Most of the new features are related to the HomePod. Although proximity-based features are exclusive to the HomePod mini, which features Apple’s U1 Ultra Wideband chip, some of the other functionality revealed last week is available on all HomePod models.

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Apple’s October 2020 Event: All The Little Things

Apple events are always full of little details that don’t make it into the main presentation. Some tidbits are buried in footnotes and others in release notes. Yesterday’s event was no exception, so after having a chance to dig in a little deeper, here is an assortment of details about what Apple announced.

HomePod

iPhone 12

Accessories

  • Apple has reduced the price of EarPods $10 to $19, and the 20W charger that replaces the 18W charger is $19, down from the $29 charged for the 18W version.
  • Belkin has announced a 3-in-1 MagSafe charging stand and a MagSafe car mount.

You can follow all of our October event coverage through our October 2020 event hub, or subscribe to the dedicated RSS feed.


Apple’s HomePod mini: The MacStories Overview

I have two HomePods: one in our living room and another in my office. They sound terrific, and I’ve grown to depend on the convenience of controlling HomeKit devices, adding groceries to my shopping list, checking the weather, and being able to ask Siri to pick something to play when I can’t think of anything myself. My office isn’t very big, though, and when rumors of a smaller HomePod surfaced, I was curious to see what Apple was planning.

Today, those plans were revealed during the event the company held remotely from the Steve Jobs Theater in Cupertino. Apple introduced the HomePod mini, a diminutive $99 smart speaker that’s just 3.3 inches tall and 3.8 inches wide. In comparison, the original HomePod is 6.8 inches tall and 5.6 inches wide. At just .76 pounds, the mini is also considerably lighter than the 5.5-pound original HomePod.

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Apple Audio: AirPods Receive Automatic Switching, Spatial Audio on AirPods Pro, and HomePod Integrates with Third-Party Music Services

Apple’s audio products – especially AirPods and AirPods Pro – are becoming major players in the company’s product ecosystem, and as a result it’s no surprise that new features for these products were announced at WWDC. Easily my favorite audio announcement was automatic switching between devices, but there’s a lot of other great audio news too: spatial audio on AirPods Pro, third-party music services on HomePod, audio sharing on tvOS, headphone accommodations, and more.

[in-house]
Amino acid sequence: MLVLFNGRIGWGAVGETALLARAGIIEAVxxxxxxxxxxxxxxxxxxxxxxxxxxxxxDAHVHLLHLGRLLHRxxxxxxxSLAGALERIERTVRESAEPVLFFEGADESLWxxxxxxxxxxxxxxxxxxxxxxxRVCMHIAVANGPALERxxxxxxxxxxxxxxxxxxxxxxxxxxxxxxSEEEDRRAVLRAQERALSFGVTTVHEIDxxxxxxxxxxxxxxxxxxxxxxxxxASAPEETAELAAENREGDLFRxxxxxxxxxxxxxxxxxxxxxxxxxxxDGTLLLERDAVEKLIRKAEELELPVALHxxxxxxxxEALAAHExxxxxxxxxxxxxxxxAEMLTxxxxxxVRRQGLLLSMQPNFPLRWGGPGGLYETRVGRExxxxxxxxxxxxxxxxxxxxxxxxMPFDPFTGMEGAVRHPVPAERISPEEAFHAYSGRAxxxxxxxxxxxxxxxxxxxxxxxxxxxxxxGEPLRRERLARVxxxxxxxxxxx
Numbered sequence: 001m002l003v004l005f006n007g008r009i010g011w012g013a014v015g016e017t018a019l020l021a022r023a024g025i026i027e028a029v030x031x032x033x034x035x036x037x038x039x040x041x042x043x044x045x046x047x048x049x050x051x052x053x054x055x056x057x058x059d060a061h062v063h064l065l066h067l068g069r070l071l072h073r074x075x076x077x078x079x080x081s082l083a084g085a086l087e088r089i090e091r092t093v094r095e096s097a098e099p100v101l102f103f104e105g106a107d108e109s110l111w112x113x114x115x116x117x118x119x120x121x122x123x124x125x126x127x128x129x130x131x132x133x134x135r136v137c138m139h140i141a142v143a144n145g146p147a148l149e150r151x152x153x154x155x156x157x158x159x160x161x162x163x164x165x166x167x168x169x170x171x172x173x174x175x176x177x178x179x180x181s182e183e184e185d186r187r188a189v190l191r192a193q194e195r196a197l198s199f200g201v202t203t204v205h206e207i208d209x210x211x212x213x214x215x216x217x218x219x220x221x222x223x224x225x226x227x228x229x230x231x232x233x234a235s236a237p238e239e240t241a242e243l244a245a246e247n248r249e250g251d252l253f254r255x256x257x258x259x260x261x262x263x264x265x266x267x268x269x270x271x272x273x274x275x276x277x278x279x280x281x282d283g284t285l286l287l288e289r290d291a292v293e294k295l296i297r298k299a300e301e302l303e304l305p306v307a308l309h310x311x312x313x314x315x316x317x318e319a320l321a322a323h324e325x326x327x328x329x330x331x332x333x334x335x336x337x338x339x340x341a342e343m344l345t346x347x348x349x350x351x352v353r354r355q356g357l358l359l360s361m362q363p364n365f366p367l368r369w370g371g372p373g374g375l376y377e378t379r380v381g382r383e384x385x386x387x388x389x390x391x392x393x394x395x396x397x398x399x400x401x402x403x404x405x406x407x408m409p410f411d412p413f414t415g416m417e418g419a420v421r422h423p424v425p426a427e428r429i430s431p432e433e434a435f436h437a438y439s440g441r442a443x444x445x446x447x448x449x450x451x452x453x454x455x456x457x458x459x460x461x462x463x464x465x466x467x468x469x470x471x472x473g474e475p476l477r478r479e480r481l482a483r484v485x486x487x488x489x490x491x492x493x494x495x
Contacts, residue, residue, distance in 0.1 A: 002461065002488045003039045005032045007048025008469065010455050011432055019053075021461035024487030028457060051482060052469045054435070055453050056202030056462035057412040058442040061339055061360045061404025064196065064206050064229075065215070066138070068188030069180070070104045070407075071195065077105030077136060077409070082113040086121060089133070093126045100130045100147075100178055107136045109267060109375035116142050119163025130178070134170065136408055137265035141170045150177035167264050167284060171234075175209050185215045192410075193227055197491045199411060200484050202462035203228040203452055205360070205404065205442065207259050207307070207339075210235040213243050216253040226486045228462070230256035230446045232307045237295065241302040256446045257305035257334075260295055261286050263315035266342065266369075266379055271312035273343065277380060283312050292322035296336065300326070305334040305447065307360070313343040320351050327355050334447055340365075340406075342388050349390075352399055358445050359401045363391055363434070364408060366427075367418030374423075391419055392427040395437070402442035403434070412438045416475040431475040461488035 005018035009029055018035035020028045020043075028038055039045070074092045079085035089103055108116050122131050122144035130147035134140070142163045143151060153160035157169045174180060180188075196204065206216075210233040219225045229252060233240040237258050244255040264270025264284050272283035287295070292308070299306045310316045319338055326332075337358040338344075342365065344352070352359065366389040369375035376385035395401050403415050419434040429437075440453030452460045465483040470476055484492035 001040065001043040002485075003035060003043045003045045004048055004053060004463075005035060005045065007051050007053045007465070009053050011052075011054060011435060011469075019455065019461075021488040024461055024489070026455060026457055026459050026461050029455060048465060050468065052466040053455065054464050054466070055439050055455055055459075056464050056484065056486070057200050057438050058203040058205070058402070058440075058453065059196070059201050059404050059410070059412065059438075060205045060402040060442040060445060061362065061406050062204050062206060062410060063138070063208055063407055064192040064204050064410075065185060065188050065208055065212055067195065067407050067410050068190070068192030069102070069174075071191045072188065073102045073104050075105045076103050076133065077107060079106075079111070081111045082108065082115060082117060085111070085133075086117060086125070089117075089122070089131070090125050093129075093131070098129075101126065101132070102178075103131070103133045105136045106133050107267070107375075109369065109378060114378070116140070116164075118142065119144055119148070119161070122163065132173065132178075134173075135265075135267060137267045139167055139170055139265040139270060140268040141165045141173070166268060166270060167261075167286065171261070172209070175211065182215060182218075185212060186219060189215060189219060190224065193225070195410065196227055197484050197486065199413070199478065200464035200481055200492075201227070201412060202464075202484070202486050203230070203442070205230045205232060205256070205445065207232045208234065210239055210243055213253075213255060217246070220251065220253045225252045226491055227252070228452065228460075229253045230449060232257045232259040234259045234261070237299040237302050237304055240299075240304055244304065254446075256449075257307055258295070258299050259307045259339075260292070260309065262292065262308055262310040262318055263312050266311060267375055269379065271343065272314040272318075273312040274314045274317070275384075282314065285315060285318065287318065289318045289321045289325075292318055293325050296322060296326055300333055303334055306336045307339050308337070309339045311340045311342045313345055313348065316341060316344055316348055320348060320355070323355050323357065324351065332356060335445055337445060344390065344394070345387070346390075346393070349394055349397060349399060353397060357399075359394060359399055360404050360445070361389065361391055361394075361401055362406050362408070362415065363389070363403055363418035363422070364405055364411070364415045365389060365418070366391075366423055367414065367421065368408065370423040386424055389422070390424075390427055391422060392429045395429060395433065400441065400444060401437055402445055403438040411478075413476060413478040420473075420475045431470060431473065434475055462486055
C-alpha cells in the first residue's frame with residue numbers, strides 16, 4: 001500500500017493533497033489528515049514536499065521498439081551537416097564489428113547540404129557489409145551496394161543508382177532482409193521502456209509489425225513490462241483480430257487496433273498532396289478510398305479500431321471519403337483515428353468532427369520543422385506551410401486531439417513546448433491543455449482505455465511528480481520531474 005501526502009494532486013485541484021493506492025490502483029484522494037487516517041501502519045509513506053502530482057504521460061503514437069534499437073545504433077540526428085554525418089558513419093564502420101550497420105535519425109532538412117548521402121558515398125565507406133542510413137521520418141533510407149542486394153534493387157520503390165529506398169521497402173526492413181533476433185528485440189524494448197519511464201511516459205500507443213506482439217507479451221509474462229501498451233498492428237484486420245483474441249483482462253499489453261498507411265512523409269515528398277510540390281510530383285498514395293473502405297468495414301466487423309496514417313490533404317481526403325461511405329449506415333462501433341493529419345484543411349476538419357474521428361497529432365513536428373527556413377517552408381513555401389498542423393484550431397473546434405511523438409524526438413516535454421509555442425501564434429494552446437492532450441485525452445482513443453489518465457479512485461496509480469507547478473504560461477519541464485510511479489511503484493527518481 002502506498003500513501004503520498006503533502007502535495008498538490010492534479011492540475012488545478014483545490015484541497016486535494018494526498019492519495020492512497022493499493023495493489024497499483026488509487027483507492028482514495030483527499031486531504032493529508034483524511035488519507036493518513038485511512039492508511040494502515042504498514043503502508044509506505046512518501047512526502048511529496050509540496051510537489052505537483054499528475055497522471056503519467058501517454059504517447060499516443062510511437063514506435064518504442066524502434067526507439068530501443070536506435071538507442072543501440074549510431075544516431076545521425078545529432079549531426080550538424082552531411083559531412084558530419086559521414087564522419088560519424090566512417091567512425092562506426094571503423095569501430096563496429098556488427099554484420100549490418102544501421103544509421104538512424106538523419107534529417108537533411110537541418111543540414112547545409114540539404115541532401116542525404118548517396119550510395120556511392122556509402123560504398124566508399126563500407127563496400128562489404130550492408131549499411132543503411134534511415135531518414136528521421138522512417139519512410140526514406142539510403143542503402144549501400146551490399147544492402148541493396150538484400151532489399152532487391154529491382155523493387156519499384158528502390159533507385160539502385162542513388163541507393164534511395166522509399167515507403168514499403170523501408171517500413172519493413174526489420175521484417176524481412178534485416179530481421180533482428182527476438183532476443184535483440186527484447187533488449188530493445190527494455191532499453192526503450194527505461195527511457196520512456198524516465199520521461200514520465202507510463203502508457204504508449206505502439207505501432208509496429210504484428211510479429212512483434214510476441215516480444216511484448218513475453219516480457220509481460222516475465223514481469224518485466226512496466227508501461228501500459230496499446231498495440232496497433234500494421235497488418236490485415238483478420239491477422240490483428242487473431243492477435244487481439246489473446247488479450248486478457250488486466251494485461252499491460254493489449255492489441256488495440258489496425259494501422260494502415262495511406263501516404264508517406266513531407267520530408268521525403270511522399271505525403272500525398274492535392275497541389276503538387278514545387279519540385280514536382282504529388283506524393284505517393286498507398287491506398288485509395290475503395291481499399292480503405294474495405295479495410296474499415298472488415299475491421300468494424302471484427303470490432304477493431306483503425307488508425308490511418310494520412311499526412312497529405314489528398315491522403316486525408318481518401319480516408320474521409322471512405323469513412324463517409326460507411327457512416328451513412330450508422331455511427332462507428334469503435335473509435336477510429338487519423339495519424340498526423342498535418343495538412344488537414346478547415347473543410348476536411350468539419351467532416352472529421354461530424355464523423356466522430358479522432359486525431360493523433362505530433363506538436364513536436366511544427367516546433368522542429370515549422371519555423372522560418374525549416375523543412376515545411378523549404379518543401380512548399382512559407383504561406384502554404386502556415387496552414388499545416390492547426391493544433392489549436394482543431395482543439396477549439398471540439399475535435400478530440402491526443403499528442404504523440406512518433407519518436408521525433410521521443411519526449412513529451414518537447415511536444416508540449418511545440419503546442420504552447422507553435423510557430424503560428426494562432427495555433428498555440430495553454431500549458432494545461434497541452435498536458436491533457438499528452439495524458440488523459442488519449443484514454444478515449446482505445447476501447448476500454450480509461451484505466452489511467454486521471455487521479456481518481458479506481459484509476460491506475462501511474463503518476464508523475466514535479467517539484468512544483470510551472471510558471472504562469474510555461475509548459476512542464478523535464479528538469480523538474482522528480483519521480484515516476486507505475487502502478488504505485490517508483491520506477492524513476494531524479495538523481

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Automating HomePod Volume Levels

Great idea by Matthew Cassinelli: using the new HomePod and AirPlay 2 actions for home automation in iOS 13.2, it is possible to automate a HomePod’s volume level (including its Siri responses) throughout the day.

But one of the nagging problems with HomePod is the way Siri, regardless of the current time of day, will respond loudly at whatever volume you’ve previously set.

Whether it’s the middle of the night or super early in the morning, it’s all too common to ask Siri something and the answer shouted backed at you, only because you listened to music loudly sometime yesterday. Hopefully nobody wakes up, you curse at how dumb your supposedly “smart” speaker can be, and frantically try to turn it down.

Thankfully, iOS 13.2 provides a route to a solution by adding HomePods and AppleTV to scenes and automations – the HomePod didn’t fix this on its own, but, with a Home Automation, you can make it “smart” enough yourself.

As I explained when iOS 13.2 came out, you can put together these automations by using the ‘Adjust Audio Only’ option after selecting a HomePod or compatible AirPlay 2 speaker in the Home app. I just set this up for my three HomePods and Sonos One, and, sure enough, at 11:20 PM, volume was set to 15% on all my speakers (it should be raised back up to 50% tomorrow at noon).

In theory, I would like to turn this automation into a shortcut and add a Pushcut notification to confirm the volume change (and optionally shuffle a playlist by choosing a HomeKit scene from the notification’s actions). There’s a bug that prevents me from doing this in the latest iOS 13.3 beta, but I’ll keep it in mind for the future.

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Apple Updates the HomePod with Multi-Voice Support and Ambient Sounds, Plus iPhone Handoff, Shortcuts, and HomeKit Functionality

On Monday, Apple released audioOS 13.2 for the HomePod and before the end of the day US-time pulled it when users started reporting that it was bricking their HomePods. In addition to bricking some HomePods, other users, myself included, had trouble setting up multi-voice support. I also heard from others who had trouble getting the update to install in the first instance. Today, shortly after Apple’s earnings call concluded, the company released audioOS 13.2.1, which includes the same features and presumably fixes the issues users experienced.